I love vineyards and the imagery Jesus uses in John 15, when He declares, "I am the vine; you are the branches. Whoever abides in Me and I in him, he it is that bears much fruit..." More than anything, I want my life to be abundantly fruitful from an abiding relationship with Jesus.


My heart was first captivated by the beauty of vineyards on train rides up the central coast of California to visit my oldest son at college. During those long trips, I began to ponder the passages in John's gospel more deeply... "for apart from Me you can do nothing."


My window-seat view from the train was as close as I came to vineyards, until my husband and I attended a legal conference at a luxurious winery. The only problem, it was January. So, instead of rows and rows of lush, lovely vineyards, we were surrounded by brown, barren and knotted stumps. No grapes. No green leaves. No branches. There were just vines, pruned back severely for the season of winter after the fruitful fall harvest. "Lord," I whispered, "they look so dead!"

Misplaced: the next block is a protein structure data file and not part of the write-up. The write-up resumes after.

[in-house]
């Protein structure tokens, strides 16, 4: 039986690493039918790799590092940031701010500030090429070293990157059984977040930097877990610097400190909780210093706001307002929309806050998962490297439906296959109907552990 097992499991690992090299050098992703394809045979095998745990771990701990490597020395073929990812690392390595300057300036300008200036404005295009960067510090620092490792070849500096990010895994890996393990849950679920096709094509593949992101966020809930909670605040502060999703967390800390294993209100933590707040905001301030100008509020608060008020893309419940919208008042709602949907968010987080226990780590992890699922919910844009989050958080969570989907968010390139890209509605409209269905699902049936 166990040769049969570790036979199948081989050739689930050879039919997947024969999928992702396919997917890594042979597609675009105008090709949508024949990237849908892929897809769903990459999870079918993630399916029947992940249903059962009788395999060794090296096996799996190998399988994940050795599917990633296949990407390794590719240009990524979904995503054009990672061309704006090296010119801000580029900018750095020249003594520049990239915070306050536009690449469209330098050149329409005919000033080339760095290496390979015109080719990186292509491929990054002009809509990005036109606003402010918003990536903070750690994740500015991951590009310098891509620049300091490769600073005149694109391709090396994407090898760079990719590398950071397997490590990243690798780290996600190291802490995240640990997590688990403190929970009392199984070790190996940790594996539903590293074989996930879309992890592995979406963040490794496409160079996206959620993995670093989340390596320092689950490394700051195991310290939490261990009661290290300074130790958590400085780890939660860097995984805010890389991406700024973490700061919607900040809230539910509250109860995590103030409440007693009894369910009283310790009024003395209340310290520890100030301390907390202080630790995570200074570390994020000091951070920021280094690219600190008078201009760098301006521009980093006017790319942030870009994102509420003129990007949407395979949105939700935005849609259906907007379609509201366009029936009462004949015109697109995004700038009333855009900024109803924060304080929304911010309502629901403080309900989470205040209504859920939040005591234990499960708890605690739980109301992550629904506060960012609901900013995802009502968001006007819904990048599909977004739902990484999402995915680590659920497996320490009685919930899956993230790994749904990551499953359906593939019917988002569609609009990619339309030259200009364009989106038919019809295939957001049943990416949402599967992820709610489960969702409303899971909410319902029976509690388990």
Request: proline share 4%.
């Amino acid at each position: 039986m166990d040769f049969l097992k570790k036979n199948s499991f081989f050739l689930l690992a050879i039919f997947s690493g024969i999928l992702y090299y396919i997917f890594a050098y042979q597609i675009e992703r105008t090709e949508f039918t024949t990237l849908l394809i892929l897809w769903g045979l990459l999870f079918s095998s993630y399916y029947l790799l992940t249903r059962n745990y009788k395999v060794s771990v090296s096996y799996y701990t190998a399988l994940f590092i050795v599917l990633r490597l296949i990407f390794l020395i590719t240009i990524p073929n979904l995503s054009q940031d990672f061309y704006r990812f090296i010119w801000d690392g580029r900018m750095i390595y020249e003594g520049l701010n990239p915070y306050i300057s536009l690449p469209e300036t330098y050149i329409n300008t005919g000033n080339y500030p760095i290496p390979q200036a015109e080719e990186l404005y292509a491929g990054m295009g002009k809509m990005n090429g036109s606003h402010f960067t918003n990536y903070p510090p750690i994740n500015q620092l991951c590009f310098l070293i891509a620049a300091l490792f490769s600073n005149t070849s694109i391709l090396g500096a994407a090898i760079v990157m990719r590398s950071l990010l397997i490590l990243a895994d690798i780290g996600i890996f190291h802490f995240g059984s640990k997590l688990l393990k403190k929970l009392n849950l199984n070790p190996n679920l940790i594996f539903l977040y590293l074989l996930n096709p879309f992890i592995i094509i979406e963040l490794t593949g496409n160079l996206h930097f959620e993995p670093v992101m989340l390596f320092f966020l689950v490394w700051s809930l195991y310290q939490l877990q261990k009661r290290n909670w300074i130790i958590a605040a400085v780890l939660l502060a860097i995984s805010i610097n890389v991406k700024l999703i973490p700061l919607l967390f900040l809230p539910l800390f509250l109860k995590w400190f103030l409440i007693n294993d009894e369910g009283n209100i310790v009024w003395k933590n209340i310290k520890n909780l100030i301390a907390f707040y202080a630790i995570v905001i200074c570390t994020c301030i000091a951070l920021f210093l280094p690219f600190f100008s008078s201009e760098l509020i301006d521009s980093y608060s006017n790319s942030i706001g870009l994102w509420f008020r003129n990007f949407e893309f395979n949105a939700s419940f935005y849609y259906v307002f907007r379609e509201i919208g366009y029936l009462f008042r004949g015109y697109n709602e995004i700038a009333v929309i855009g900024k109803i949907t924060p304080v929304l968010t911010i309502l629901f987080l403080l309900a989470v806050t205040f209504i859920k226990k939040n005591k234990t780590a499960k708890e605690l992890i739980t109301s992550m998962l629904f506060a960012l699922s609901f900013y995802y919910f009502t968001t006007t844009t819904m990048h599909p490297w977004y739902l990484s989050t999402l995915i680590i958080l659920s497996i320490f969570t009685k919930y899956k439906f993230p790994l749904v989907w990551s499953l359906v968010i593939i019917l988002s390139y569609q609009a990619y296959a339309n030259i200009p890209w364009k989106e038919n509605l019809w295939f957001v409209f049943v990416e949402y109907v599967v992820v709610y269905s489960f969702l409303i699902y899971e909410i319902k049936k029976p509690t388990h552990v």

Quickly, God's thoughts interrupted my own: "But, they aren't dead. They are very much alive! This seemingly 'dead' season is very important and things are happening that you cannot see."  Suddenly, I understood that the winter season, the severe pruning and it's barrenness, was very important for the next season of harvest. And, I remembered Jesus words, "Every branch that DOES bear fruit He prunes, that it may bear MORE fruit." (Emphasis added, mine) 


After the conference, I became a student of vineyards. I observed them. I photographed them. I read about them. Including this interesting fact, "so, what does happen in the vineyards after harvest? The answer is simple - a lot. (It is one of the most important phases in a vineyards annual cycle)...in basic terms the vine stores food and water for the next season.


Like the vineyards, Jesus teaches that it is necessary for us, too, to be pruned. Often, this happens after a season of great harvest. For me, a "winter" season began well over a year ago. God allowed circumstances, like debilitating back pain and limited mobility, as His tools for some serious pruning. At times, I felt utterly barren. Yet, even without the evidence of outward fruit, I knew God was at work in the secret, inward, and hidden places of my soul, taking me deeper, to prepare and "store up food and water for the next season." 


Thankfully, like the vineyards, winter doesn't last forever. And, in the last few weeks, I have seen signs of spring. Little green sprouts of growth and new life which fill me with hope and excitement for fruitful days ahead and harvests yet to come. 


Dearest reader, I wonder, what season are you in? I would love to hear from you!